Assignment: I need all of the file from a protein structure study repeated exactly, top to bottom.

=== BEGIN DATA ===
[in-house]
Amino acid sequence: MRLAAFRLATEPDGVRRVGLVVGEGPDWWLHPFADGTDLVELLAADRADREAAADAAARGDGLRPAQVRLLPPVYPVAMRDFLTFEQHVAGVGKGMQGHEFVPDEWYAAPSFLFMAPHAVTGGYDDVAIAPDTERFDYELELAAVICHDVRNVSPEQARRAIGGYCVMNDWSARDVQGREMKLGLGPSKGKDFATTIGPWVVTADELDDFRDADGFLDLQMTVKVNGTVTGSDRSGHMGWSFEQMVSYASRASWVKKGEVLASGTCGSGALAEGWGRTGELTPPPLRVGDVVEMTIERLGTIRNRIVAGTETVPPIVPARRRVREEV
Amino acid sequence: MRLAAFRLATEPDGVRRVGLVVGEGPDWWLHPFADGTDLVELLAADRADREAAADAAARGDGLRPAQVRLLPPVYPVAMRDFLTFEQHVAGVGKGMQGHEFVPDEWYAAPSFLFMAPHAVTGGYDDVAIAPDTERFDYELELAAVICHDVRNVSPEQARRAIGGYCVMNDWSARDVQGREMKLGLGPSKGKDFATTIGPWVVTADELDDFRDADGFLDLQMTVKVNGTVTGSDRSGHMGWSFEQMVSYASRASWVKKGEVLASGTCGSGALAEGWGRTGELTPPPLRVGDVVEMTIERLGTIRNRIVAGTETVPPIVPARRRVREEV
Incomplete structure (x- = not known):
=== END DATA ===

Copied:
[in-house]
Amino acid sequence: MRLAAFRLATEPDGVRRVGLVVGEGPDWWLHPFADGTDLVELLAADRADREAAADAAARGDGLRPAQVRLLPPVYPVAMRDFLTFEQHVAGVGKGMQGHEFVPDEWYAAPSFLFMAPHAVTGGYDDVAIAPDTERFDYELELAAVICHDVRNVSPEQARRAIGGYCVMNDWSARDVQGREMKLGLGPSKGKDFATTIGPWVVTADELDDFRDADGFLDLQMTVKVNGTVTGSDRSGHMGWSFEQMVSYASRASWVKKGEVLASGTCGSGALAEGWGRTGELTPPPLRVGDVVEMTIERLGTIRNRIVAGTETVPPIVPARRRVREEV
Amino acid sequence: MRLAAFRLATEPDGVRRVGLVVGEGPDWWLHPFADGTDLVELLAADRADREAAADAAARGDGLRPAQVRLLPPVYPVAMRDFLTFEQHVAGVGKGMQGHEFVPDEWYAAPSFLFMAPHAVTGGYDDVAIAPDTERFDYELELAAVICHDVRNVSPEQARRAIGGYCVMNDWSARDVQGREMKLGLGPSKGKDFATTIGPWVVTADELDDFRDADGFLDLQMTVKVNGTVTGSDRSGHMGWSFEQMVSYASRASWVKKGEVLASGTCGSGALAEGWGRTGELTPPPLRVGDVVEMTIERLGTIRNRIVAGTETVPPIVPARRRVREEV
Incomplete structure (x- = not known):